While spin doctors of the Abbott government would probably use last week's data from the Australian Bureau Statistics' unemployment rate to boast of the government's economic management style, a look at youth unemployment figures is cause for alarm.
The bureau released data on Friday that for March, Australia's joblessness rate actually went down to 5.8 per cent instead of going up to 6.1 per cent as forecast by economists.
However, like other developed countries such as Spain and Greece where young people find it harder to get employment compared to their more experienced and older counterparts, Australian youth are on the losing end.
Australia's youth unemployment rate has grown three times to 12.5 per cent since the global financial crisis in 2008, causing 257,000 young Aussies in the age bracket 15 to 24 to be jobless. Of this number, 50,000 have been searching for jobs the past 12 months and were not successful.
Also on the rise is the length of time it gets to be hired which has gone up to 29 weeks from only 16 weeks in 2008.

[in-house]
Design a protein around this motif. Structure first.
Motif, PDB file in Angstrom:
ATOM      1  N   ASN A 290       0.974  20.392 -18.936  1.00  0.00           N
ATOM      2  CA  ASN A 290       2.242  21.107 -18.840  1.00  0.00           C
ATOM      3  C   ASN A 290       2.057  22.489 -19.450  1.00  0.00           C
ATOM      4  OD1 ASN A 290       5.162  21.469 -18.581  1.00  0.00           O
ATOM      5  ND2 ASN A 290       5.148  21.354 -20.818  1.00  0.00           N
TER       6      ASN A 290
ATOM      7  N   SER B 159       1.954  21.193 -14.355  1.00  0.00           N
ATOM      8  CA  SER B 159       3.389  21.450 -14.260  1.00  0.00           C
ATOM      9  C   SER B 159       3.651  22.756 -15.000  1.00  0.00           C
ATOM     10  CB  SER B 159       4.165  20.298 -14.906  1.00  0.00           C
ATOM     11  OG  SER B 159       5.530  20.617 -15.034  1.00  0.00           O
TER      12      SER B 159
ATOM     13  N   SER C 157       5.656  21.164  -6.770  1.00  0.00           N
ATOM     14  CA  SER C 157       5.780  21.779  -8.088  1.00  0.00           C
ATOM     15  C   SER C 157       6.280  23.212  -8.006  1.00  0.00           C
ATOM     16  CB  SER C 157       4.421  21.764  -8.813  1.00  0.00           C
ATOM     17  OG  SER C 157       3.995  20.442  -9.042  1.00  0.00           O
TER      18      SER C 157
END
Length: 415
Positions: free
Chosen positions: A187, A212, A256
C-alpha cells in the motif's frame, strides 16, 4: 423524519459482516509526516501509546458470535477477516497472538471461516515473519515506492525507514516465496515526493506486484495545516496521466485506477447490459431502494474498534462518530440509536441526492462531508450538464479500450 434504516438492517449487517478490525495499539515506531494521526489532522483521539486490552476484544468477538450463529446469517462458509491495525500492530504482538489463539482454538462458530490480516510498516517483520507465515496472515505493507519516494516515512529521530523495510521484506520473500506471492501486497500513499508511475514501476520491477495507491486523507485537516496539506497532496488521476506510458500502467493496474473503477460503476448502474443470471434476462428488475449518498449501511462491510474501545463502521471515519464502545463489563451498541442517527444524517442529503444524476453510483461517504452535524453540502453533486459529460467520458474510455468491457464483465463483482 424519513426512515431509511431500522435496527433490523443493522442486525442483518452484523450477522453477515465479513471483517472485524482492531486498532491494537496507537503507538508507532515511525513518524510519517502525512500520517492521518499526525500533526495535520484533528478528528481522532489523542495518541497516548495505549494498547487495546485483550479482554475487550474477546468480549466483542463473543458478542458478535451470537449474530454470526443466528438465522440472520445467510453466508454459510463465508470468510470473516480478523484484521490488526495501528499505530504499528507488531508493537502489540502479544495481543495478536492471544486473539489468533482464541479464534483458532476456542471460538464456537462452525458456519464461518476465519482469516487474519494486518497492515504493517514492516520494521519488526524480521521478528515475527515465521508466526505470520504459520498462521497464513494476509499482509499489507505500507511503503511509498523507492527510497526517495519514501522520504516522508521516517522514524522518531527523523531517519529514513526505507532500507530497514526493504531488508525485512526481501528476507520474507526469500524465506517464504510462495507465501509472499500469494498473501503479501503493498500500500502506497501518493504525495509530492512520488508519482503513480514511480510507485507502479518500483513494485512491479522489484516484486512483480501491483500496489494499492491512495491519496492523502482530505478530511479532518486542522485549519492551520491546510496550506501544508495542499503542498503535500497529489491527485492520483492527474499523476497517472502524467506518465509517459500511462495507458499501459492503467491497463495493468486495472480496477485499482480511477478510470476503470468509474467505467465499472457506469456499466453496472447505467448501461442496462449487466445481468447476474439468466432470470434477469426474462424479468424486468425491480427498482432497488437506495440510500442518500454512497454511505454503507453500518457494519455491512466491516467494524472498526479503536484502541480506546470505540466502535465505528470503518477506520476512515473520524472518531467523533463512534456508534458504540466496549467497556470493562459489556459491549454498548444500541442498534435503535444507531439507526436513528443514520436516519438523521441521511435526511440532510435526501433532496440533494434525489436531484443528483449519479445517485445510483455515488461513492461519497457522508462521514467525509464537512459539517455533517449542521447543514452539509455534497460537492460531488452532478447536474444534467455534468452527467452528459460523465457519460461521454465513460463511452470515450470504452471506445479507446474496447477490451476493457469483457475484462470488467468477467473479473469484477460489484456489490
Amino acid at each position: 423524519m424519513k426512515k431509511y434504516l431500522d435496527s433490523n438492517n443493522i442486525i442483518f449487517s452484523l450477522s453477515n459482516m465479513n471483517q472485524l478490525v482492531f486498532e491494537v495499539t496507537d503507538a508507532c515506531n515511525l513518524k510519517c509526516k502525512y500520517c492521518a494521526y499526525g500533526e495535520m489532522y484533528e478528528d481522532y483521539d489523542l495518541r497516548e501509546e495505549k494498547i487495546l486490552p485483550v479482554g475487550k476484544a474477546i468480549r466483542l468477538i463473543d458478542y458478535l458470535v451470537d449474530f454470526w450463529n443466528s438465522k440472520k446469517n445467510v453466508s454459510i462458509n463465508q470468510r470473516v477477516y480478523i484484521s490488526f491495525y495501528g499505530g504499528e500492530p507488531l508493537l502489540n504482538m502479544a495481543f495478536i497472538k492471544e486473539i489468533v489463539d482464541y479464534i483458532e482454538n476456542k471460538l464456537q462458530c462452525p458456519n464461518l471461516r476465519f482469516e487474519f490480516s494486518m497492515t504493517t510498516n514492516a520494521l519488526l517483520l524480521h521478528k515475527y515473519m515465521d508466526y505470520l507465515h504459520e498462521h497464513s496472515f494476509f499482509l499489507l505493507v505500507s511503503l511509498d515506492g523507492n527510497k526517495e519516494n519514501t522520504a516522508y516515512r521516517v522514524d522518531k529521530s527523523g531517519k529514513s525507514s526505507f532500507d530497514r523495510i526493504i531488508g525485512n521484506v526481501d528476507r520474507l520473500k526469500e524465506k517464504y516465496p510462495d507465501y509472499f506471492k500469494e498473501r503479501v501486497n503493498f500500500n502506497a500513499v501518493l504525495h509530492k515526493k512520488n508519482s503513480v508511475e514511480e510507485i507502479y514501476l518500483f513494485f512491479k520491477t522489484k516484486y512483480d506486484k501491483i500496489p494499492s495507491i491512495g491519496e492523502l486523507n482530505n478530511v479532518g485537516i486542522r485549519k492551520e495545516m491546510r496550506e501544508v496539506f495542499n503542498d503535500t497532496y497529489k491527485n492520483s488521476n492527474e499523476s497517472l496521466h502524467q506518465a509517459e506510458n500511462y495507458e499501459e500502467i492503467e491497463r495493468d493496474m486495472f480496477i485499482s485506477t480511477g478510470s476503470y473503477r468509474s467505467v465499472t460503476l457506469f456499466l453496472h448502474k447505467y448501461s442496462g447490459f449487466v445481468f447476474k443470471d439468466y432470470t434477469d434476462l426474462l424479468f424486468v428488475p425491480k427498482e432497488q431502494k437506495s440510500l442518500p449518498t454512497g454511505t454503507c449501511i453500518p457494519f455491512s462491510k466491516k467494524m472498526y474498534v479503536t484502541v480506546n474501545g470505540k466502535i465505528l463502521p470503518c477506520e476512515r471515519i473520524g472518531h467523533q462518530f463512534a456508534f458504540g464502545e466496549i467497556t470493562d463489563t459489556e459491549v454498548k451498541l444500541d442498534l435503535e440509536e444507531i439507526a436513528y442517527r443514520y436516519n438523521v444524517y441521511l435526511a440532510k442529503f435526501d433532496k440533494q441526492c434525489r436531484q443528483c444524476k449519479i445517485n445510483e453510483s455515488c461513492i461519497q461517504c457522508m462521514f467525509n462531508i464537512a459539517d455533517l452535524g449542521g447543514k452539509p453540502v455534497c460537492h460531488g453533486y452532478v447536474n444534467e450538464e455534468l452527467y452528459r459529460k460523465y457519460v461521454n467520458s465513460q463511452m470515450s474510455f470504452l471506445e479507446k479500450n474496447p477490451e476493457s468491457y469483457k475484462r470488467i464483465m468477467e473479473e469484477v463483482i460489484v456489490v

One of the worst hit Australian states is New South Wales where 74,000 youth are unemployed and 14,200 of them tried but failed to get a job the past year, said a separate report prepared by the Brotherhood of St Laurence and released on Monday.
Commenting on the dismal numbers, Tony Nicholson, executive director of the Brotherhood, noted that the globalised economy made it harder for young people without work experience and university degrees to find employment.
He suggested, quoted by Illiwarra Mercury, "Australia needs a new approach to assist unemployed youth to build their qualifications, skills and experience to obtain a job in the modern economy."
Mr Nicholson warned that prolonged periods of unemployment in their younger days would boost their chance of remaining jobless in their adult working years. "The catch-22 for our young people is that the longer they're out of work, the harder it is to find a job," he added.